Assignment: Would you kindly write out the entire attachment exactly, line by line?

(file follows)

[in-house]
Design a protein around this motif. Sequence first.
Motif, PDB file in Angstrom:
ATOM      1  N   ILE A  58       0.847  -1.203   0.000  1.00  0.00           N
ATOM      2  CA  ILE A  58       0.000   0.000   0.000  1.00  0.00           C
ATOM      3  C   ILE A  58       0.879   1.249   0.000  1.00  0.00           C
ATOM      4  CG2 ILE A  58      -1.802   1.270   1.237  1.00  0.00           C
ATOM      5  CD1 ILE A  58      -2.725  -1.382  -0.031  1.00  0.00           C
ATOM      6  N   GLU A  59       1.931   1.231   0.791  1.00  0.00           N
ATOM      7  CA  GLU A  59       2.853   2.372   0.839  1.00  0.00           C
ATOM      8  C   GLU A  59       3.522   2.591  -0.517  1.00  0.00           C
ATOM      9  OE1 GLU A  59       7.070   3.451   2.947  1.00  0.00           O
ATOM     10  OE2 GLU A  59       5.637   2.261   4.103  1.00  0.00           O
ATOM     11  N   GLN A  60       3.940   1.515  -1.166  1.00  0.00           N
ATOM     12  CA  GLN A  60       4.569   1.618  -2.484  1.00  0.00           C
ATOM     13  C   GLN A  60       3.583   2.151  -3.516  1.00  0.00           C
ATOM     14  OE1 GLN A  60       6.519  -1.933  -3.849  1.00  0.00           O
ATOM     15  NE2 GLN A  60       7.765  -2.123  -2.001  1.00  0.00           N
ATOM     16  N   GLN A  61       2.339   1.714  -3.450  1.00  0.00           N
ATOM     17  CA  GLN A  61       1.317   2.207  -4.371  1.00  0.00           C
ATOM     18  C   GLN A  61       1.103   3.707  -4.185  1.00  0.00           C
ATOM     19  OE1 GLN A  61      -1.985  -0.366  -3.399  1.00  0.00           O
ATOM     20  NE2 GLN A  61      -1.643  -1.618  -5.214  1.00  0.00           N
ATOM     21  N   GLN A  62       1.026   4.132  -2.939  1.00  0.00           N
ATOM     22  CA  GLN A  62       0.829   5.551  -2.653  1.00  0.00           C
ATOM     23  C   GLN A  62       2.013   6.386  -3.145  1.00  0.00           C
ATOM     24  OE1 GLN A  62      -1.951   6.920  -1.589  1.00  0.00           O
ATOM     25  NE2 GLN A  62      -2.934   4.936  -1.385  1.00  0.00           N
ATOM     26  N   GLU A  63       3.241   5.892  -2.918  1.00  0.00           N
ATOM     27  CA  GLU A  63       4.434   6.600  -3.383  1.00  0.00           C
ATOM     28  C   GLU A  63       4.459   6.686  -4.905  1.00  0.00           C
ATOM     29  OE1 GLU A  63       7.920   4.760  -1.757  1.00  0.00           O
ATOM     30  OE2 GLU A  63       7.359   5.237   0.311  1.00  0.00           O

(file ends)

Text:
[in-house]
Design a protein around this motif. Sequence first.
Motif, PDB file in Angstrom:
ATOM      1  N   ILE A  58       0.847  -1.203   0.000  1.00  0.00           N
ATOM      2  CA  ILE A  58       0.000   0.000   0.000  1.00  0.00           C
ATOM      3  C   ILE A  58       0.879   1.249   0.000  1.00  0.00           C
ATOM      4  CG2 ILE A  58      -1.802   1.270   1.237  1.00  0.00           C
ATOM      5  CD1 ILE A  58      -2.725  -1.382  -0.031  1.00  0.00           C
ATOM      6  N   GLU A  59       1.931   1.231   0.791  1.00  0.00           N
ATOM      7  CA  GLU A  59       2.853   2.372   0.839  1.00  0.00           C
ATOM      8  C   GLU A  59       3.522   2.591  -0.517  1.00  0.00           C
ATOM      9  OE1 GLU A  59       7.070   3.451   2.947  1.00  0.00           O
ATOM     10  OE2 GLU A  59       5.637   2.261   4.103  1.00  0.00           O
ATOM     11  N   GLN A  60       3.940   1.515  -1.166  1.00  0.00           N
ATOM     12  CA  GLN A  60       4.569   1.618  -2.484  1.00  0.00           C
ATOM     13  C   GLN A  60       3.583   2.151  -3.516  1.00  0.00           C
ATOM     14  OE1 GLN A  60       6.519  -1.933  -3.849  1.00  0.00           O
ATOM     15  NE2 GLN A  60       7.765  -2.123  -2.001  1.00  0.00           N
ATOM     16  N   GLN A  61       2.339   1.714  -3.450  1.00  0.00           N
ATOM     17  CA  GLN A  61       1.317   2.207  -4.371  1.00  0.00           C
ATOM     18  C   GLN A  61       1.103   3.707  -4.185  1.00  0.00           C
ATOM     19  OE1 GLN A  61      -1.985  -0.366  -3.399  1.00  0.00           O
ATOM     20  NE2 GLN A  61      -1.643  -1.618  -5.214  1.00  0.00           N
ATOM     21  N   GLN A  62       1.026   4.132  -2.939  1.00  0.00           N
ATOM     22  CA  GLN A  62       0.829   5.551  -2.653  1.00  0.00           C
ATOM     23  C   GLN A  62       2.013   6.386  -3.145  1.00  0.00           C
ATOM     24  OE1 GLN A  62      -1.951   6.920  -1.589  1.00  0.00           O
ATOM     25  NE2 GLN A  62      -2.934   4.936  -1.385  1.00  0.00           N
ATOM     26  N   GLU A  63       3.241   5.892  -2.918  1.00  0.00           N
ATOM     27  CA  GLU A  63       4.434   6.600  -3.383  1.00  0.00           C
ATOM     28  C   GLU A  63       4.459   6.686  -4.905  1.00  0.00           C
ATOM     29  OE1 GLU A  63       7.920   4.760  -1.757  1.00  0.00           O
ATOM     30  OE2 GLU A  63       7.359   5.237   0.311  1.00  0.00           O